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Greg Oliver: Newton departure good for him, Panthers

Former Carolina Panthers quarterback Cam Newton recently found a new home following his release several months ago, landing with the New England Patriots on a one-year contract worth up to $7.5 million if incentives are reached.

Greg Oliver has been a staff writer at The Journal since 1994 and has written a weekly sports column since 2004. Write to him at [email protected]

While some NFL players and sports talking heads have called the deal insulting to Newton, as if $7.5 million is chump change, the marriage has the potential to be a win-win — both for Newton and for his old team.

In Newton’s case, it provides a change of scenery and a new beginning. By signing a one-year deal, the former Heisman Trophy winner and No. 1 overall pick of the Panthers has an opportunity to prove that he still has something left in the tank. If that proves to indeed be the case, a multi-year deal for even more money could be awaiting the former Auburn quarterback in 2021.

The Patriots undoubtedly share those sentiments, that the 31-year-old Newton has several more seasons of quality football left in him. After allowing Tom Brady — the GOAT — to leave for Tampa Bay after a 20-year relationship, the signing of Newton signals that New England isn’t quite ready for a full rebuild by handing the keys to the car to quarterback Jarrett Stidham.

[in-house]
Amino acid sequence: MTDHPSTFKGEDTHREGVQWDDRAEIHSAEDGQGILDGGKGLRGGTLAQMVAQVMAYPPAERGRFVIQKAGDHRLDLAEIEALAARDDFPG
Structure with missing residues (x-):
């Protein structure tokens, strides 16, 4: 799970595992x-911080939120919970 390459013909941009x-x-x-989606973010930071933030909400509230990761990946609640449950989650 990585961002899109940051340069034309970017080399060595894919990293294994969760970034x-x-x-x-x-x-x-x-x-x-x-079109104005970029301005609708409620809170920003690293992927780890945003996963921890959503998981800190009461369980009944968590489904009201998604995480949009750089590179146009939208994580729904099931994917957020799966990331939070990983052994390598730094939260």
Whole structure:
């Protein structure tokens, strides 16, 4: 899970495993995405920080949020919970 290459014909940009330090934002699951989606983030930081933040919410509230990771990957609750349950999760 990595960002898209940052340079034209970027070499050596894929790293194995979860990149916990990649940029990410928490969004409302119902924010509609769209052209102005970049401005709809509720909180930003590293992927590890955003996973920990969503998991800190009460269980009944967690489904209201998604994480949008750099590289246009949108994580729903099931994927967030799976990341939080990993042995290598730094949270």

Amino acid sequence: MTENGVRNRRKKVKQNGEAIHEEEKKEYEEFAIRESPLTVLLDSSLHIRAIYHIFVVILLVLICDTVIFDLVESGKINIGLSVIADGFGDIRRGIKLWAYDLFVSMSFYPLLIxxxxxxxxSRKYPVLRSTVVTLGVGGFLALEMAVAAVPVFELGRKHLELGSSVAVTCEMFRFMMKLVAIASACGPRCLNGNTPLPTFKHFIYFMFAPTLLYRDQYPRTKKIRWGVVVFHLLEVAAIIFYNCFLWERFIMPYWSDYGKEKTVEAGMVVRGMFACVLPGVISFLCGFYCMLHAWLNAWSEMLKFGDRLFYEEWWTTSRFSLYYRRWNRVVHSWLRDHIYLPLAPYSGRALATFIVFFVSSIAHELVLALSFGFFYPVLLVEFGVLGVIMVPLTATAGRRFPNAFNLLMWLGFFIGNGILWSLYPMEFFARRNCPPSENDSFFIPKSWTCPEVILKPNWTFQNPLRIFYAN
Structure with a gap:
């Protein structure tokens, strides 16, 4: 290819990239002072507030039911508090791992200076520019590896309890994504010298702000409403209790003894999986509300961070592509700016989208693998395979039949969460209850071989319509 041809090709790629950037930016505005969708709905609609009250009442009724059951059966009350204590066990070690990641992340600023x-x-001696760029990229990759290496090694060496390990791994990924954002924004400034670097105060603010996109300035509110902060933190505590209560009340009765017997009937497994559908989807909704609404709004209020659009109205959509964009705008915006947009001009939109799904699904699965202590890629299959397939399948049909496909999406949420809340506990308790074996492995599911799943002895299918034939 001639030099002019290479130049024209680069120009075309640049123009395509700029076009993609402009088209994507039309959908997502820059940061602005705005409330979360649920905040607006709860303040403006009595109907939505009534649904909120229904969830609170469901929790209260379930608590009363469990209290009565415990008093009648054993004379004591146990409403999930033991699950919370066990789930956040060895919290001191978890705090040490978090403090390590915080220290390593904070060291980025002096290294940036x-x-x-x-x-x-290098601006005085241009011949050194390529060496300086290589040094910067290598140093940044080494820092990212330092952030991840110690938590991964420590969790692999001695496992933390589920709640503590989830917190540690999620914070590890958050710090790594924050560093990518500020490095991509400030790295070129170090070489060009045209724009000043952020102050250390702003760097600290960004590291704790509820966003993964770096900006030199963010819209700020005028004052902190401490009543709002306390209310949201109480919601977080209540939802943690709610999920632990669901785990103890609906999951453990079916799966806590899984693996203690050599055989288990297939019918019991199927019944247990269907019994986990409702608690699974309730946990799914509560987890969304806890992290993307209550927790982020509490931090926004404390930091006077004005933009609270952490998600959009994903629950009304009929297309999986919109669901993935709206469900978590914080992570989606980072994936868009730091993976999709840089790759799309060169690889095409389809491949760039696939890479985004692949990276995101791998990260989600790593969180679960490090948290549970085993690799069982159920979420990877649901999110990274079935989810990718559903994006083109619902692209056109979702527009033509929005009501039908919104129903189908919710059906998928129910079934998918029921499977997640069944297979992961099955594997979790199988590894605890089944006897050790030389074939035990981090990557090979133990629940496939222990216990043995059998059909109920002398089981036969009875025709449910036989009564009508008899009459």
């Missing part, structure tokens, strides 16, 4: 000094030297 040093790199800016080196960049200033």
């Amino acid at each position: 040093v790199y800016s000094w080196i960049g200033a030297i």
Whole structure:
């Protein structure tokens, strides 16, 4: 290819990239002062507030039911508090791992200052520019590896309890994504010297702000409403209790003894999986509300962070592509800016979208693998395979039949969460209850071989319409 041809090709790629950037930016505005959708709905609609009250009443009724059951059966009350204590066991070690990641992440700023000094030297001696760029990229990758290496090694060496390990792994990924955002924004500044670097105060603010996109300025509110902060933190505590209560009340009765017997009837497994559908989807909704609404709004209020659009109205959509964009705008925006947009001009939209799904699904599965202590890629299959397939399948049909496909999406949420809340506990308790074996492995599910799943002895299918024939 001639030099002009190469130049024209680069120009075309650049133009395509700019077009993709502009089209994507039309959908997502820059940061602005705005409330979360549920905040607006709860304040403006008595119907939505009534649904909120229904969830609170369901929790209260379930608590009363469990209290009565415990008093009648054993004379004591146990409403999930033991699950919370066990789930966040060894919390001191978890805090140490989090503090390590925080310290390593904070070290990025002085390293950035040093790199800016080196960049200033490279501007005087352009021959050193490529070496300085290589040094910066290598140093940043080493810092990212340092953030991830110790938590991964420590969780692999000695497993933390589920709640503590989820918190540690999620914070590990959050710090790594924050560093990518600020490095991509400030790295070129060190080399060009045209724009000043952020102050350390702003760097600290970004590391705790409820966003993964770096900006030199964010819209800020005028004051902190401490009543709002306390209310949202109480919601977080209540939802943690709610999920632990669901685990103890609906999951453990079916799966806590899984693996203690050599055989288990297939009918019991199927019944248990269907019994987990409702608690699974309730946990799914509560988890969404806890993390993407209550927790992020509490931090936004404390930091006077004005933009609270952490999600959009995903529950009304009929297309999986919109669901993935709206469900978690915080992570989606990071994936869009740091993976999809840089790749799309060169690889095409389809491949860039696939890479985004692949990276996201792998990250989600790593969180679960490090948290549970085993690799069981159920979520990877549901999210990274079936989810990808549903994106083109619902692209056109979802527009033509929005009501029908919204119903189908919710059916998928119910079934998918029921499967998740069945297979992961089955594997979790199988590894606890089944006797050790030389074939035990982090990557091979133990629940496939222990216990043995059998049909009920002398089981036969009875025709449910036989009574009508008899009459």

Newton also did great things for the Panthers, helping take the franchise to its second Super Bowl in its history. The former Panther gave the organization credibility while at the helm, leading the team to several NFC South titles and four playoff appearances. Newton also gave the franchise juice in bringing fans to Charlotte and making the Panthers relevant.

I’ll never forget attending the Panthers’ opening evening of training camp in Spartanburg with my son, Gavin, during Newton’s rookie year in 2011. The buzz surrounding the newest Panther was clearly in the air, especially when he came over to sign autographs for fans at the end of practice.

As many great memories as Newton provided, it is also understandable why his time in Charlotte had to end. Injuries in recent years, including last season that limited him to only two games, mounted up and took its toll both on the quarterback as well as the team.

I don’t think any Panthers fan would say that new quarterback Teddy Bridgewater, who signed a three-year, $63 million deal in the offseason, is the long-term answer. In fact, the upcoming season, if indeed there is one, could find the team playing for the worst record in the NFL and the No. 1 pick in next year’s draft (hello, Trevor Lawrence?).

But the hiring of former Baylor and Temple head coach Matt Rhule, who has a history of turning losing programs around, and the team’s high marks earned from the recent NFL draft are indications that Carolina is heading in the right direction. The rebuilding process — and that’s definitely what the Panthers are in — would have been difficult for both Newton and the organization if he had stayed.

So Newton should receive nothing but well wishes from Panther fans for what he gave the organization during his stay. If Tom Brady and New England can part ways after six Super Bowl titles and a run of success few teams in NFL history have ever achieved or ever hoped to achieve, then no player is safe when the time comes, including Newton.

Thanks for the memories, Cam.